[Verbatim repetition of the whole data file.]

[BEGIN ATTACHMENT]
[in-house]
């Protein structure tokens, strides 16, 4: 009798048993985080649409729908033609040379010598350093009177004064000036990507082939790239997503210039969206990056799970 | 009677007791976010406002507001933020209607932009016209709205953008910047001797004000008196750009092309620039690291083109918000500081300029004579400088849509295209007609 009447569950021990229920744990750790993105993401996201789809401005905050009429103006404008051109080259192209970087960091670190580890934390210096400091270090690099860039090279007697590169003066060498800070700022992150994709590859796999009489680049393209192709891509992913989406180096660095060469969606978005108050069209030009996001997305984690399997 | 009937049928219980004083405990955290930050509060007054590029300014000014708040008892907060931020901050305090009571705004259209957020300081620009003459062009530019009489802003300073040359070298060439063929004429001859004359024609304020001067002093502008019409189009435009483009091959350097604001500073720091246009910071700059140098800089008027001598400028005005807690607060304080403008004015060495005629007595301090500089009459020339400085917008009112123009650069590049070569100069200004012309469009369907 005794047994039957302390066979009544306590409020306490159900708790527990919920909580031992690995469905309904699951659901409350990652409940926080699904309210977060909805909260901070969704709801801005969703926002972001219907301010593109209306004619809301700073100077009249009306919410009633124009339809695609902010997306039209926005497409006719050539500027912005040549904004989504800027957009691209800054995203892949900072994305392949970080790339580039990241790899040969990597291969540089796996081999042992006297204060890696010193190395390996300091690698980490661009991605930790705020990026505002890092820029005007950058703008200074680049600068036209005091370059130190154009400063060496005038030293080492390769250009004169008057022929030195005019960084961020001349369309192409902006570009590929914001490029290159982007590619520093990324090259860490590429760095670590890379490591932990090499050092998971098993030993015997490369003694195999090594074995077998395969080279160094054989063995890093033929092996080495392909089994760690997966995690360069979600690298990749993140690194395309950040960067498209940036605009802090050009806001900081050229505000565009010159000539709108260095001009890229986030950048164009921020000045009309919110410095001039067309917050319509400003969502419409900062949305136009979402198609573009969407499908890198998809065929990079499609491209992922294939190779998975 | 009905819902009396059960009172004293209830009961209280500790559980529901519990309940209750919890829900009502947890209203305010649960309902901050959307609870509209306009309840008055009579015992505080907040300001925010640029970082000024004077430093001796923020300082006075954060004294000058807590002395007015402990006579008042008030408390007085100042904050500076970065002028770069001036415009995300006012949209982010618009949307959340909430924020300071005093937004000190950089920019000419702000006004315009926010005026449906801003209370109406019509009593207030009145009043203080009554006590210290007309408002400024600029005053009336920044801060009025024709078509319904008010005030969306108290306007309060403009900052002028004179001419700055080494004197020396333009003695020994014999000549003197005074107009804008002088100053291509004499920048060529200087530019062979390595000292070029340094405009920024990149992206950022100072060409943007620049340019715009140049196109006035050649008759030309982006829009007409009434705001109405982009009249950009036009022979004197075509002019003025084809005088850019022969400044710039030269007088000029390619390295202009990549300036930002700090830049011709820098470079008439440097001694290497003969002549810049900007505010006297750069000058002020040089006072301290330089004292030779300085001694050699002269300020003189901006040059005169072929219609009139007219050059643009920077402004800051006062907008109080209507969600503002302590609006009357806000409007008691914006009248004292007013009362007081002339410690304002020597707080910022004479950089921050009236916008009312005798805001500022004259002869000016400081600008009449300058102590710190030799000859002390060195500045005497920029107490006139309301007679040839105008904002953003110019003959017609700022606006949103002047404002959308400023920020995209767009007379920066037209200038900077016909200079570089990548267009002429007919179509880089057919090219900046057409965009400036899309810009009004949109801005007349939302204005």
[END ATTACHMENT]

[in-house]
């Protein structure tokens, strides 16, 4: 009798048993985080649409729908033609040379010598350093009177004064000036990507082939790239997503210039969206990056799970 | 009677007791976010406002507001933020209607932009016209709205953008910047001797004000008196750009092309620039690291083109918000500081300029004579400088849509295209007609 009447569950021990229920744990750790993105993401996201789809401005905050009429103006404008051109080259192209970087960091670190580890934390210096400091270090690099860039090279007697590169003066060498800070700022992150994709590859796999009489680049393209192709891509992913989406180096660095060469969606978005108050069209030009996001997305984690399997 | 009937049928219980004083405990955290930050509060007054590029300014000014708040008892907060931020901050305090009571705004259209957020300081620009003459062009530019009489802003300073040359070298060439063929004429001859004359024609304020001067002093502008019409189009435009483009091959350097604001500073720091246009910071700059140098800089008027001598400028005005807690607060304080403008004015060495005629007595301090500089009459020339400085917008009112123009650069590049070569100069200004012309469009369907 005794047994039957302390066979009544306590409020306490159900708790527990919920909580031992690995469905309904699951659901409350990652409940926080699904309210977060909805909260901070969704709801801005969703926002972001219907301010593109209306004619809301700073100077009249009306919410009633124009339809695609902010997306039209926005497409006719050539500027912005040549904004989504800027957009691209800054995203892949900072994305392949970080790339580039990241790899040969990597291969540089796996081999042992006297204060890696010193190395390996300091690698980490661009991605930790705020990026505002890092820029005007950058703008200074680049600068036209005091370059130190154009400063060496005038030293080492390769250009004169008057022929030195005019960084961020001349369309192409902006570009590929914001490029290159982007590619520093990324090259860490590429760095670590890379490591932990090499050092998971098993030993015997490369003694195999090594074995077998395969080279160094054989063995890093033929092996080495392909089994760690997966995690360069979600690298990749993140690194395309950040960067498209940036605009802090050009806001900081050229505000565009010159000539709108260095001009890229986030950048164009921020000045009309919110410095001039067309917050319509400003969502419409900062949305136009979402198609573009969407499908890198998809065929990079499609491209992922294939190779998975 | 009905819902009396059960009172004293209830009961209280500790559980529901519990309940209750919890829900009502947890209203305010649960309902901050959307609870509209306009309840008055009579015992505080907040300001925010640029970082000024004077430093001796923020300082006075954060004294000058807590002395007015402990006579008042008030408390007085100042904050500076970065002028770069001036415009995300006012949209982010618009949307959340909430924020300071005093937004000190950089920019000419702000006004315009926010005026449906801003209370109406019509009593207030009145009043203080009554006590210290007309408002400024600029005053009336920044801060009025024709078509319904008010005030969306108290306007309060403009900052002028004179001419700055080494004197020396333009003695020994014999000549003197005074107009804008002088100053291509004499920048060529200087530019062979390595000292070029340094405009920024990149992206950022100072060409943007620049340019715009140049196109006035050649008759030309982006829009007409009434705001109405982009009249950009036009022979004197075509002019003025084809005088850019022969400044710039030269007088000029390619390295202009990549300036930002700090830049011709820098470079008439440097001694290497003969002549810049900007505010006297750069000058002020040089006072301290330089004292030779300085001694050699002269300020003189901006040059005169072929219609009139007219050059643009920077402004800051006062907008109080209507969600503002302590609006009357806000409007008691914006009248004292007013009362007081002339410690304002020597707080910022004479950089921050009236916008009312005798805001500022004259002869000016400081600008009449300058102590710190030799000859002390060195500045005497920029107490006139309301007679040839105008904002953003110019003959017609700022606006949103002047404002959308400023920020995209767009007379920066037209200038900077016909200079570089990548267009002429007919179509880089057919090219900046057409965009400036899309810009009004949109801005007349939302204005």